Michael graduated from the University of Namibia with a degree in social psychology in 2016, at which time he learned that CGN Swakop Uranium Co Ltd was looking for fresh graduates for its team. Michael submitted his resume and later passed the interview, joining the company as a management trainee of the Human Resources Department. That year, Swakop recruited 17 graduates like him.
Recalling the experience, Michael said he felt lucky, "the employment rate in Namibia is not very high, so I am very lucky to have joined Swakop as a fresh graduate."
Before joining Swakop, Michael did not know much about China, let alone CGN, and his knowledge of employee relationship management came mainly from books. He has now fallen in love with his job, and is very proud to be able to make use of his psychological expertise in dealing with employee appeals and psychological counseling after two years of training, job rotation, and practice. In May, he passed his assessment and was hired as a staff relations specialist.
During his time at Swakop, Michael fell in love with not only his work, but with Chinese culture as well. "As a hard-working, ambitious young professional, I'm eager to stand out, and I feel excited about new challenges. When I was assigned to this position, I thought of a quote from one of my favorite books, The Art of War by Chinese military strategist Sun Tzu. The quote goes: 'if you want to start a fight, you must first come up with a plan.' This appointment means that my superiors trust in my abilities,” he said.
The company has many employees like Michael who grew up with the Husab Project and are familiar with CGN's corporate culture.
Swakop attaches great importance to the training of local talents to ensure the sustainable development of the Husab Project. As of 2018, the company has more than 1,600 employees, about 45 times more than when it was acquired in 2012. The number of Namibian employees exceeds 1,500, accounting for 96 percent of the total. Local employees, especially those on the frontlines, lack advanced knowledge and skills. Over 800 employees had no relevant work experience or minimal experience when they entered the company. Swakop has introduced a series of training programs ranging from safety and skills training to corporate culture.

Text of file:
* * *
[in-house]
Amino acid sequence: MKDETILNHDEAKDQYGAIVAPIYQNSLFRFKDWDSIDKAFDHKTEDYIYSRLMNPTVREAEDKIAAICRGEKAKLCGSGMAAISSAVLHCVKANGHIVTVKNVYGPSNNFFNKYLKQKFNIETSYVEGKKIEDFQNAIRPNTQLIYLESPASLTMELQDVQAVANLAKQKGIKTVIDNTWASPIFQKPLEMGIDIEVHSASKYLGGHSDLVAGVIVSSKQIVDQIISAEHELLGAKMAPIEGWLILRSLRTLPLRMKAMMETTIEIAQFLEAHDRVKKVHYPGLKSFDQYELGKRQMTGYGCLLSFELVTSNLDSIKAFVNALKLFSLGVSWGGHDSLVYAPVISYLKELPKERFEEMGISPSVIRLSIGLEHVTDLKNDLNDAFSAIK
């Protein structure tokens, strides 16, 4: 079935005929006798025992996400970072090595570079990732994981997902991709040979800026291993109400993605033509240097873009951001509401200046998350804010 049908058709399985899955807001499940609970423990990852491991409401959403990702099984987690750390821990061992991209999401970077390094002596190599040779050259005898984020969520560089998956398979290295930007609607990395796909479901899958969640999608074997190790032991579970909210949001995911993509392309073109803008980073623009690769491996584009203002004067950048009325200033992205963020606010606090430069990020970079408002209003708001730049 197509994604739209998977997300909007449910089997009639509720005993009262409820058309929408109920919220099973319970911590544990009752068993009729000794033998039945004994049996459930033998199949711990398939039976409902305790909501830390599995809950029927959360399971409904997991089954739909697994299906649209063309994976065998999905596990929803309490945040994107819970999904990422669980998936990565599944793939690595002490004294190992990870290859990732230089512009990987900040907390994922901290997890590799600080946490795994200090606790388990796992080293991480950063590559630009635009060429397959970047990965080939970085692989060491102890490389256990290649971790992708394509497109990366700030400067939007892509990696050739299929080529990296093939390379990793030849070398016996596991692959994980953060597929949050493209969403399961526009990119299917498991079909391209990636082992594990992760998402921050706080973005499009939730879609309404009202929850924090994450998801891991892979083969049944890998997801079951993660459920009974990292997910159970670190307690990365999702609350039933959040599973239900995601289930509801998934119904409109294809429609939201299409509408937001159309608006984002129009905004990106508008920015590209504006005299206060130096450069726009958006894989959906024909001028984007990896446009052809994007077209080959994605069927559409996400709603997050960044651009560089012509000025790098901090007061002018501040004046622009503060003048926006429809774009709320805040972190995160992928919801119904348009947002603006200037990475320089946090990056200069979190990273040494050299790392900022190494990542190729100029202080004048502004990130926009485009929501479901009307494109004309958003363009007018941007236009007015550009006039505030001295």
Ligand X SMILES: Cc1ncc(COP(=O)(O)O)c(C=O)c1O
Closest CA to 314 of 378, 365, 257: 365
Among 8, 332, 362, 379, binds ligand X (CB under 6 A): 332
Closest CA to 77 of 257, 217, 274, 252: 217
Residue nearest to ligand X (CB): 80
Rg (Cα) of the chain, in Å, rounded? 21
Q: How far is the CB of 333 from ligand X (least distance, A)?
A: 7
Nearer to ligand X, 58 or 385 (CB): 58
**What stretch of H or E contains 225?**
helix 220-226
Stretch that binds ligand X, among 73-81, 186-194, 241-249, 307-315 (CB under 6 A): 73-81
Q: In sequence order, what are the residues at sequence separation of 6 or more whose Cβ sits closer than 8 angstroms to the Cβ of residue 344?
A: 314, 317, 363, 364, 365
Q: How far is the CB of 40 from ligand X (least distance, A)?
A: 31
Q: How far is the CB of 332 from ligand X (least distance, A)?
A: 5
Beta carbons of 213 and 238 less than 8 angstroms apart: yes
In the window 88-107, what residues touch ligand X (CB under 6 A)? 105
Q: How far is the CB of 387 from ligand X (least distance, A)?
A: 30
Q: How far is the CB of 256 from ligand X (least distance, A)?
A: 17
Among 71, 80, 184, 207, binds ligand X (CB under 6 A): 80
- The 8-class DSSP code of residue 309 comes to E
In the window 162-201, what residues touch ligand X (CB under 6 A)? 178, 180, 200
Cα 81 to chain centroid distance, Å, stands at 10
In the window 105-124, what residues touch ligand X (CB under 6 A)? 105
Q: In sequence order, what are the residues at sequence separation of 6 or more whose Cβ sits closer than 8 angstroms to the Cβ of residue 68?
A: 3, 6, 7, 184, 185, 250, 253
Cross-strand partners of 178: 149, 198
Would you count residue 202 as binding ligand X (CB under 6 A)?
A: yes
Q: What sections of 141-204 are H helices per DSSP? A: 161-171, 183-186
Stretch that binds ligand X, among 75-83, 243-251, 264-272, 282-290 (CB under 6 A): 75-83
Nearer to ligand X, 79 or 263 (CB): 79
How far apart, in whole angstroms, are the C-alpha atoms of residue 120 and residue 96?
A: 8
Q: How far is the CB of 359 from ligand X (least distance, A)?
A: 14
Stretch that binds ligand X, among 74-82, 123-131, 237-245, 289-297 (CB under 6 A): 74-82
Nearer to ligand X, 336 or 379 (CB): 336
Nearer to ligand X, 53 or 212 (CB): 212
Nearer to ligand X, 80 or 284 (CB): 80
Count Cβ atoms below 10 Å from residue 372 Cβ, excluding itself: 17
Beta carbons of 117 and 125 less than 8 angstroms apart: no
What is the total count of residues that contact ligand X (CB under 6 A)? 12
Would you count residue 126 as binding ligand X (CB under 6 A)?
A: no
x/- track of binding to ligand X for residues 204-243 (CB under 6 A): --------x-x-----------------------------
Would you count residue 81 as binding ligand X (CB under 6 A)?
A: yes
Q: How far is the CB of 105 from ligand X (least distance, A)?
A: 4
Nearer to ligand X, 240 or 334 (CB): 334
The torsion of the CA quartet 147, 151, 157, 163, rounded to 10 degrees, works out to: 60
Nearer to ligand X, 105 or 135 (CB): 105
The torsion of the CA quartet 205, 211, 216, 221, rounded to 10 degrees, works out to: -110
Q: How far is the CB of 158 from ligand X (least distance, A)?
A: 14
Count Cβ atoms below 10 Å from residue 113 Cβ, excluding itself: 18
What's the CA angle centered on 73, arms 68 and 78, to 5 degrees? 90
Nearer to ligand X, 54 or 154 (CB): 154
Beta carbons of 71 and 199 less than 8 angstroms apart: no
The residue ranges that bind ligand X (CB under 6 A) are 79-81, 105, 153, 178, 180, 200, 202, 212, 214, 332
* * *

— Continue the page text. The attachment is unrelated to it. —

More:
"In the first three years, we spent a lot of time honing employees’ abilities and making sure they were equipped with the appropriate skills and knowledge to carry out their work. We invest in our employees to ensure the company can achieve its goals," said Sophy, the company's organizational development and training manager.
Swakop employees come from nine different countries, and more than 98 percent are foreign employees. Even the local employees come from a variety of cultural regions and races. Cultural conflicts often occur due to different cultural and educational backgrounds.
The company has put a lot of efforts into communication to overcome cultural barriers. "No matter where the employees come from, whether they are locals or foreigners in Namibia, they are all CGN employees. We advocate team work, and emphasize mutual respect and support," said Percy, vice president of the company.
In early 2018, the company launched a president reception day, allowing frontline employees to voice their opinions and complaints directly to the higher-ups. Joint training, learning, and team activities are often held among the various departments. More and more Chinese and foreign employees are becoming friends and inviting each other to dinner.
At the 4th Husab Cup Marathon, Swakop workers came up with a slogan: "They call it husab, we call it family."
Michael told his Chinese colleague He Fuping that he used to dream of buying a ferrari after graduation. But now he had bigger dreams, to gain more experience in the field of employee relations, become a department manager, and get the chance to work at other CGN companies in China."